Global Entry now available at some US cruise ports
Submitted by Mike Engelberg
Global Entry is a service available to US and some other countries' citizens to expedite the process of clearing Customs and Border Protection (CBP) when entering the United States. There is a good description of Global Entry at https://en.wikipedia.org/wiki/Global_Entry
Of interest to cruisers is that recently Global Entry has become available at some cruise ports.
In this space I describe what we have seen at Port Everglades in Fort Lauderdale, as well as what we did during our online application and what we were told during our personal interviews.
The application process requires three steps:
(1) an online application, after which you receive conditional approval.
(2) scheduling your personal interview.
(3) the personal interview, after which you receive a membership number and a credit-card-size membership card.
Online application is done using the Global Online Enrollment System (GOES),
One quirk about the online application process bears mentioning. GOES first asks how you will prove your citizenship, then it asks for a method of admissibility. Sorry, I don't recall what admissibility means. You can use your passport for both citizenship and admissibility. First you answer the citizenship question. Then you see what looks like the same page again. Didn't you just complete that page? Well, it isn't really the same page. The new page's title is different -- it says Admissibility. So give the same answer a second time.
It takes only a day or two to pass (or fail) your online application. Assuming you pass, the GOES system notifies you (via e-mail) to log in to see your conditional approval. You will need to print the conditional approval for the third step.
The GOES system also tells you to now schedule (online) your personal interview at a Global Entry Enrollment Center. For a list of these locations and operating hours, see http://www.cbp.gov/travel/trusted-traveler-programs/global-entry/enrollment-centers
To set up your interview, you have to choose a location, then a date and time.
Our experience was that the earliest available date and time were 1.5 months ahead. Here is a tip: Interviews are available on holidays. At Port Everglades, interviews were available on Christmas day! Our interviewer told us their office is open whenever the port is open. So you may find a closer-in available time slot on a holiday.
If at any time until 24 hours before your appointment you want to change the date and time, you can do so online, but be aware that you may have to wait another month or two.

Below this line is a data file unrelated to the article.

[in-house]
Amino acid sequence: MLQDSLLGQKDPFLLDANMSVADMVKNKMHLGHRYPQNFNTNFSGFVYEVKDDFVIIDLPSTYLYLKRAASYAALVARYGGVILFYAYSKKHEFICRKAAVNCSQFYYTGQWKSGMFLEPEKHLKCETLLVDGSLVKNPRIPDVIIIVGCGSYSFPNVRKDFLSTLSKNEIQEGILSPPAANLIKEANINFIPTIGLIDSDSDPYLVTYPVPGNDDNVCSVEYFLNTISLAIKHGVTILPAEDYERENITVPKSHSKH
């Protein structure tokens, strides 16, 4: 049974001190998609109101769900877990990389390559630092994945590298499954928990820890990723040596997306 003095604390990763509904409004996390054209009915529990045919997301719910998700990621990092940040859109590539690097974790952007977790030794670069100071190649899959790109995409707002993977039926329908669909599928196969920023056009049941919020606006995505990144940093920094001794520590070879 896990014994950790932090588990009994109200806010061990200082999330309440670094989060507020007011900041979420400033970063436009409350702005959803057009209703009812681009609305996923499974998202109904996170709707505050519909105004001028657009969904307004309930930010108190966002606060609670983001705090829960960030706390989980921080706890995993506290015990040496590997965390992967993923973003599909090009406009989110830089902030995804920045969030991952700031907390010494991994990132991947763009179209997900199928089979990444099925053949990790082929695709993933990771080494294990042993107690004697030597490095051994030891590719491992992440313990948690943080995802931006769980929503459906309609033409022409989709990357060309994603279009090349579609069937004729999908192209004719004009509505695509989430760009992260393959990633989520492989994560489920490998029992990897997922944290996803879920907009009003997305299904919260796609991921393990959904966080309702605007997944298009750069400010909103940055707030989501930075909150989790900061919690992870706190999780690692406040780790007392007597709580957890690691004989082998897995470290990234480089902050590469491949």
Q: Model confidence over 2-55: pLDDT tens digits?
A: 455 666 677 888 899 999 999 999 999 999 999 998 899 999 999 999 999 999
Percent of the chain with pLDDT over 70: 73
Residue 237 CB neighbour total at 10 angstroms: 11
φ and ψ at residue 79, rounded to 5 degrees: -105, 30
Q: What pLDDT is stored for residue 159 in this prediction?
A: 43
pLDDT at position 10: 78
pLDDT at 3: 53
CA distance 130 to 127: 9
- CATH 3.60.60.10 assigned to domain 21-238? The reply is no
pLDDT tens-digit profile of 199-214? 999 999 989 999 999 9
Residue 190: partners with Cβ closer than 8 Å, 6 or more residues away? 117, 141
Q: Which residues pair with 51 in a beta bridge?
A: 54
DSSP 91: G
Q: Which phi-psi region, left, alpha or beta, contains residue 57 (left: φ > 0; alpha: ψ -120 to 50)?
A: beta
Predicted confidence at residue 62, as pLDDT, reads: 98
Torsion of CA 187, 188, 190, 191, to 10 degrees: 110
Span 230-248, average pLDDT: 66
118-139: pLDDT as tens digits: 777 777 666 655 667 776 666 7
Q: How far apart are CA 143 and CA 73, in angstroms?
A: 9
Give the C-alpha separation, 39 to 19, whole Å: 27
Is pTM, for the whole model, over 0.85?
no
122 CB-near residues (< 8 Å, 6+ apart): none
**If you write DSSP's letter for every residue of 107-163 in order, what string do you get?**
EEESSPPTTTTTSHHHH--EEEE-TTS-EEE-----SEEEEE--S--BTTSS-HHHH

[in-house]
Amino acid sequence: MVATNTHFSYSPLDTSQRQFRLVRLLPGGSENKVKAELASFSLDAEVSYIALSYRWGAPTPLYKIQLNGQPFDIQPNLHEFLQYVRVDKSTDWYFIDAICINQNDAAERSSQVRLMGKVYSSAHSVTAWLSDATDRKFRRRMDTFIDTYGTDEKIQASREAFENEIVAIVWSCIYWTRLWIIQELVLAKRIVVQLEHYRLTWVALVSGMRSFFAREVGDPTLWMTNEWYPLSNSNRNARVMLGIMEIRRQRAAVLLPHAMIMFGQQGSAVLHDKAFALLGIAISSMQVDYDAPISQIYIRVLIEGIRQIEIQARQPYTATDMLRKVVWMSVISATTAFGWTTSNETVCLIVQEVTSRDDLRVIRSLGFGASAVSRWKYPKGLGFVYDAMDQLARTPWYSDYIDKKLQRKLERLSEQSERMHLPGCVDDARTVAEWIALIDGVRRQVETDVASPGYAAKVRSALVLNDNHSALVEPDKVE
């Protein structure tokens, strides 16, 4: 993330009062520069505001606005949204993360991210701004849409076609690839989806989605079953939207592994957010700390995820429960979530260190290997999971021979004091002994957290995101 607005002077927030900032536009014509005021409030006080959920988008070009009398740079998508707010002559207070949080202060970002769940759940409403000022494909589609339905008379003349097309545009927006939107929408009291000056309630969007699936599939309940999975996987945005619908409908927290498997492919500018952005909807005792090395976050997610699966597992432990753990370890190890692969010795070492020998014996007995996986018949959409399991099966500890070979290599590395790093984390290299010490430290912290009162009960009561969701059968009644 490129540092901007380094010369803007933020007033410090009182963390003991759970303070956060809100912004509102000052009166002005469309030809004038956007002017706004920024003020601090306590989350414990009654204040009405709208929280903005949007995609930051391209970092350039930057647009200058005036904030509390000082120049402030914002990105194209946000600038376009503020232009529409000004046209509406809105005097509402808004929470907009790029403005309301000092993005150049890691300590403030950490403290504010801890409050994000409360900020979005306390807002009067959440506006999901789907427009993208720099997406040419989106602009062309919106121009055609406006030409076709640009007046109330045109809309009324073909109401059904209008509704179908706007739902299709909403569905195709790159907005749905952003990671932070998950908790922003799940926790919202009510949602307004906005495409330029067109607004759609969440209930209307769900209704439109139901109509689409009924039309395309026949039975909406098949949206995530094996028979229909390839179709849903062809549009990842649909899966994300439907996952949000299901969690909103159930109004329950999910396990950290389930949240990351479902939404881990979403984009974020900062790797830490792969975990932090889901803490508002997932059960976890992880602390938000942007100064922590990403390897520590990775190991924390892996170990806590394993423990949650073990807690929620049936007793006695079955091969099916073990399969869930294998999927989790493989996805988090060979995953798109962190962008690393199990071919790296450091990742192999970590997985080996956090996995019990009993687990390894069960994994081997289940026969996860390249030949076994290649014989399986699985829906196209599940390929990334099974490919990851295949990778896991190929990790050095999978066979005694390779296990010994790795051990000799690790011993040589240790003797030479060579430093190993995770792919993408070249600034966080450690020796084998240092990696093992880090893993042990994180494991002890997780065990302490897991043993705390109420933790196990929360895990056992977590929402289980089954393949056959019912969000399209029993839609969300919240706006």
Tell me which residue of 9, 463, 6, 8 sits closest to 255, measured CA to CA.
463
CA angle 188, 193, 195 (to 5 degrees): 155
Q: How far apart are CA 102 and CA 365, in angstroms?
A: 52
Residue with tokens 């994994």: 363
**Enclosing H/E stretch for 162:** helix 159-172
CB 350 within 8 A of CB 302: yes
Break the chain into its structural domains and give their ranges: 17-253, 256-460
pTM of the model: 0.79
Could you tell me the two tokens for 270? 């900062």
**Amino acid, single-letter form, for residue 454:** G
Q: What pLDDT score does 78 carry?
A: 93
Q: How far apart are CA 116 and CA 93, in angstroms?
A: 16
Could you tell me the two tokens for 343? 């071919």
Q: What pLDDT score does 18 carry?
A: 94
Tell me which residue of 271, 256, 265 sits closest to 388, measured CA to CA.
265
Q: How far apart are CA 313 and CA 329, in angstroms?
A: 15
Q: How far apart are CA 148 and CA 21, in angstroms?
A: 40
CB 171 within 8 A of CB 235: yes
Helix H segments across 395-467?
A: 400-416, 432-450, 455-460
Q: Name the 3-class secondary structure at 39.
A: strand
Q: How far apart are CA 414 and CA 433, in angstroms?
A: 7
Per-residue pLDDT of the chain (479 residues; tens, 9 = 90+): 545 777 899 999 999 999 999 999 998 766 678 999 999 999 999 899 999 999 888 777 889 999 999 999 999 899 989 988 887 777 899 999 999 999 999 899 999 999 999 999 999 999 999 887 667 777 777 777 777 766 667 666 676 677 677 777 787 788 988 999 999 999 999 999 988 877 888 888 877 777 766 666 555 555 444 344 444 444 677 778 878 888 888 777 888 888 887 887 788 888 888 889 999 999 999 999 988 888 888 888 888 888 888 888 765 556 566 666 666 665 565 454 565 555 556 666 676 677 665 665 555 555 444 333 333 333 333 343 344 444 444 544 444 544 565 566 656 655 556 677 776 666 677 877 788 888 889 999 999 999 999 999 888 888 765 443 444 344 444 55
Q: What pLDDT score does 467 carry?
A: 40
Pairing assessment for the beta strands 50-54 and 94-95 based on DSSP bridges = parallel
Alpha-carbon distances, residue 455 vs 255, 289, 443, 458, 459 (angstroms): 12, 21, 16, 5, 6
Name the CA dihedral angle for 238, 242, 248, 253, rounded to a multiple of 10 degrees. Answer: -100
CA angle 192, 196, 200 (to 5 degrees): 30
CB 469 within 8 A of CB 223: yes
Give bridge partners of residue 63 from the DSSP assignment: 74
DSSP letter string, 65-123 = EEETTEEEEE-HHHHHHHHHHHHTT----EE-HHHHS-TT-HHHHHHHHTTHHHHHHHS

For your interview, bring:
(1) the printout of your conditional approval. GOES says bring it, but our interviewer never asked for it.
(2) your passport.
(3) your driver's license or something else (like a utility bill) showing your current address.
The interviewer asks some questions then takes your picture (sans glasses) and your fingerprints. The fingerprints are sent immediately to the FBI's system, which returns immediate approval to the interviewer. Another tip: If as you age your fingerprints fade, the interviewer said to apply hand-cleaning solution (like Purell) to your fingertips before you reach the Global Entry area, to enhance your fingerprints for the scanner.
The interviewer encodes your Global Entry membership information into your passport. When you use a Global Entry kiosk and place your passport onto the scanner, the kiosk's software will find your number.
Almost immediately the GOES system notifies you of a new status for your application. That is your final approval and membership number. The notice says you can use that number immediately.
A week after our interviews, we received our Global Entry membership cards. They are the size of a credit card. The front of the card contains photo, name, gender, birthdate, and expiration date. We were surprised to see that our expiration dates are our birthdays five years hence. That is longer than the five-year validity quoted initially. If you time it right, maybe you can get almost six years for your card.
The reverse of the card contains three numbers. One is the Global Entry PASSID, which is your Global Entry membership number and also your TSA Known Traveler Number (see below). The other two numbers are not labeled, although one of those numbers comes with a barcode. None of these numbers is your passport number.